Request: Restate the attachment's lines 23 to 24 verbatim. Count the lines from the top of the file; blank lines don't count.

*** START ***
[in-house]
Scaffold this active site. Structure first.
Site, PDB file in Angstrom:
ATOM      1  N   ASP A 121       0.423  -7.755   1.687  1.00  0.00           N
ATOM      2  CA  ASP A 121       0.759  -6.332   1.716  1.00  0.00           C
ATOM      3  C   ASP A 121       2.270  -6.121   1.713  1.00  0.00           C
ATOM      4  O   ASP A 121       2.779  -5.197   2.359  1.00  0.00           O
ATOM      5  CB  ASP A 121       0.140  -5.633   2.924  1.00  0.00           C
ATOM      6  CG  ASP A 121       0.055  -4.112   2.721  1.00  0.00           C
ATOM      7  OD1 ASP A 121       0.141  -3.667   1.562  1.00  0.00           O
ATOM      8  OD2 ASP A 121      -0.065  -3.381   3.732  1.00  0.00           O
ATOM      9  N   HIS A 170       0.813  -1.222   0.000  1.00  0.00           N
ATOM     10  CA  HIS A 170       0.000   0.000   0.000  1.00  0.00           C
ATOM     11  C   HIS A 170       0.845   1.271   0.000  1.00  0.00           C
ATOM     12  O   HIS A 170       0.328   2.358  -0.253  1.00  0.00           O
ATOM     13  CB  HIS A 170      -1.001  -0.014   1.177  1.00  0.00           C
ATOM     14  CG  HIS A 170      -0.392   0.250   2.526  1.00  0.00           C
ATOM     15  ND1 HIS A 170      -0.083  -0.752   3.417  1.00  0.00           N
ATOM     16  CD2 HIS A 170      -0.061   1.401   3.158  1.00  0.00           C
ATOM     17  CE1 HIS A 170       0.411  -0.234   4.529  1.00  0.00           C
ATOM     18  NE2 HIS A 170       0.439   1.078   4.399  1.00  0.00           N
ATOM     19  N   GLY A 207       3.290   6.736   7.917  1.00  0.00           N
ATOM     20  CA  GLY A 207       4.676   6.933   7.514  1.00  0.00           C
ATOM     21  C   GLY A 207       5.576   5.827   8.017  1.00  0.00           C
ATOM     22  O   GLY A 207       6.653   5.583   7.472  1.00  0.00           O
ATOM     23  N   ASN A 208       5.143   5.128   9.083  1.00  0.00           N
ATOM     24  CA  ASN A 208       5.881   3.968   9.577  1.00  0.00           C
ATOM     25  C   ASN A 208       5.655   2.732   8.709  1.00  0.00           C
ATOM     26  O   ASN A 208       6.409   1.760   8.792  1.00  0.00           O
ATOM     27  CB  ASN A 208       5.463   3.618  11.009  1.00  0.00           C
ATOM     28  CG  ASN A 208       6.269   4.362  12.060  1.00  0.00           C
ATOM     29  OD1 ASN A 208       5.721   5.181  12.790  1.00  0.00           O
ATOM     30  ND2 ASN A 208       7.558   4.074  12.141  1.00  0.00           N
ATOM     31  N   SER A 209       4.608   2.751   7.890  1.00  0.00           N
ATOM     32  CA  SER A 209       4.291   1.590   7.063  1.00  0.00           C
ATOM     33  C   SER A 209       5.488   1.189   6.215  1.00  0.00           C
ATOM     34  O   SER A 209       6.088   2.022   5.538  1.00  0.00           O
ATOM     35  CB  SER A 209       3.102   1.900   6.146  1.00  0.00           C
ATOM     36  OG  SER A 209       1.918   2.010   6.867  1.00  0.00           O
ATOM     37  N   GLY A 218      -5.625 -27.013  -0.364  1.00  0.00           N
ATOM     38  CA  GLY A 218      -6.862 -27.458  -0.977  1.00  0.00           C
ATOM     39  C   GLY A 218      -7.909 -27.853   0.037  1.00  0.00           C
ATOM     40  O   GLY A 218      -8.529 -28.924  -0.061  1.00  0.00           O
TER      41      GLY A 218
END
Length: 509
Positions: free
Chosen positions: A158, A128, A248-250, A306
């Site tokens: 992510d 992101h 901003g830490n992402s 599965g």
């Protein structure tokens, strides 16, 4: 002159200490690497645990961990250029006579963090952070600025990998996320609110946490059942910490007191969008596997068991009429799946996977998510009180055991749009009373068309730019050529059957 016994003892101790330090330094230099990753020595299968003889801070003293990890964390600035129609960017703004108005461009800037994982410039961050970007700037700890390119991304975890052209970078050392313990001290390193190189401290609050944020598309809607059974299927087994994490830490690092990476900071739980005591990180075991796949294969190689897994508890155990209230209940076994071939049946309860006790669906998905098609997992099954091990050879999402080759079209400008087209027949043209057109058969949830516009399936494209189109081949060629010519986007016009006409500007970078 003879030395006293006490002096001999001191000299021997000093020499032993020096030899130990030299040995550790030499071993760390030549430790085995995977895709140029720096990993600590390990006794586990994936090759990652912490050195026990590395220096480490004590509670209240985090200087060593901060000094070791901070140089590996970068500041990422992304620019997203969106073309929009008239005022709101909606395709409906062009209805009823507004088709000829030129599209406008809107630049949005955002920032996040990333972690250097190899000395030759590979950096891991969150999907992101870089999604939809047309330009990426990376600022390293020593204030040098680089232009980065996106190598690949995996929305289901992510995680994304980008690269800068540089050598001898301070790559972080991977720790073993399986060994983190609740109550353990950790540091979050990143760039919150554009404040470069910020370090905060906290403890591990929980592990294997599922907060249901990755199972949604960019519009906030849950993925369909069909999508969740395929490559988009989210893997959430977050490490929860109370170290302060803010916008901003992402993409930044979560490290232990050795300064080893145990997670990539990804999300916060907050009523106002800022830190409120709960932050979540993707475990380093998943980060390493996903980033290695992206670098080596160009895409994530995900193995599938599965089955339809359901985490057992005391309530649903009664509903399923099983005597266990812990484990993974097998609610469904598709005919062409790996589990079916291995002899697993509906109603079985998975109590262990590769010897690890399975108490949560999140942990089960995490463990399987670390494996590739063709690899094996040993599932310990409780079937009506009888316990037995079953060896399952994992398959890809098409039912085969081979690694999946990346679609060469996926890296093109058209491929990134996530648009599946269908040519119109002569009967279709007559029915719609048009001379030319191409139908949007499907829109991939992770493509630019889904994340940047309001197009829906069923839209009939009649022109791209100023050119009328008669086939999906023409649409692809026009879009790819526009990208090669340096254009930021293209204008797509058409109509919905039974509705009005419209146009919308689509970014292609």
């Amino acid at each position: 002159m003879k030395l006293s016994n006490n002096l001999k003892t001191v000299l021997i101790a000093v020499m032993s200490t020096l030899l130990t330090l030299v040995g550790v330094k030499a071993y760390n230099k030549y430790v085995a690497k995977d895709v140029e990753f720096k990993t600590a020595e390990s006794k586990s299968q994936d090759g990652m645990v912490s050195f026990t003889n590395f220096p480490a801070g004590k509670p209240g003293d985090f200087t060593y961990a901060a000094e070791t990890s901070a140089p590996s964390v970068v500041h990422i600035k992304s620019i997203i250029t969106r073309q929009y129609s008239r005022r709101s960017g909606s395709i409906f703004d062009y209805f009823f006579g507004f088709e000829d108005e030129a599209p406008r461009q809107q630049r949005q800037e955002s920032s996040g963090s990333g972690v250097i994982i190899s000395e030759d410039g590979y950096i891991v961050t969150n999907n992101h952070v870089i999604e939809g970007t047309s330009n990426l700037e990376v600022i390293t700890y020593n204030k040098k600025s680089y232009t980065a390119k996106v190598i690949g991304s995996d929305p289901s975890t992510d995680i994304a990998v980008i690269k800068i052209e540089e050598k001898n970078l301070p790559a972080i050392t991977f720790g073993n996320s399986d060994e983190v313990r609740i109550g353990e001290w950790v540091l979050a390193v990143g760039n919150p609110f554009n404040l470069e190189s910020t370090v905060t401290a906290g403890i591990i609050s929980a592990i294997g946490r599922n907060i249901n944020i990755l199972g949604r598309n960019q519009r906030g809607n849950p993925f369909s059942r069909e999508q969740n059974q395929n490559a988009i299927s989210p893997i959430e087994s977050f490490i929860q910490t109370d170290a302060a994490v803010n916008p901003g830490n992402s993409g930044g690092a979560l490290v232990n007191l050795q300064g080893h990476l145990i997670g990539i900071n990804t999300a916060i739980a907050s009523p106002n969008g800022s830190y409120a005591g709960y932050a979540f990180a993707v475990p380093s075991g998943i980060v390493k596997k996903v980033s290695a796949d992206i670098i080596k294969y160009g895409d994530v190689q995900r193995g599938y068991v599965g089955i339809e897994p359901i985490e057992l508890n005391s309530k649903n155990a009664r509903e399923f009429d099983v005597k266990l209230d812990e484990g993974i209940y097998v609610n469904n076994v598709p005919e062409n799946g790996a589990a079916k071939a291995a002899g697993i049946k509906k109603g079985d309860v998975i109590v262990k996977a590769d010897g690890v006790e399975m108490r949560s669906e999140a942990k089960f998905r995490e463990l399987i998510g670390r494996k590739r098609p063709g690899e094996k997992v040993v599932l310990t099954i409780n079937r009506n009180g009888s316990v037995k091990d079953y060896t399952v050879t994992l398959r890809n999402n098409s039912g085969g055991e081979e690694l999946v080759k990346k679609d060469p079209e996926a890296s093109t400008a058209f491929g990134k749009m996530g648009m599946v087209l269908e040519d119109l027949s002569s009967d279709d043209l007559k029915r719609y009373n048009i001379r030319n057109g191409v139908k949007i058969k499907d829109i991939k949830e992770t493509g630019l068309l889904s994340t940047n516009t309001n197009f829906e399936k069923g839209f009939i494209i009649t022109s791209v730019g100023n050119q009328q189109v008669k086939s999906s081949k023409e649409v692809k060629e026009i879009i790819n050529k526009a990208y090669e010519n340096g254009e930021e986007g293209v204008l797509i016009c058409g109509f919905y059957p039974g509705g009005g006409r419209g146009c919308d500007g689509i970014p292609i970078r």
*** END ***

ATOM     20  CA  GLY A 207       4.676   6.933   7.514  1.00  0.00           C
ATOM     21  C   GLY A 207       5.576   5.827   8.017  1.00  0.00           C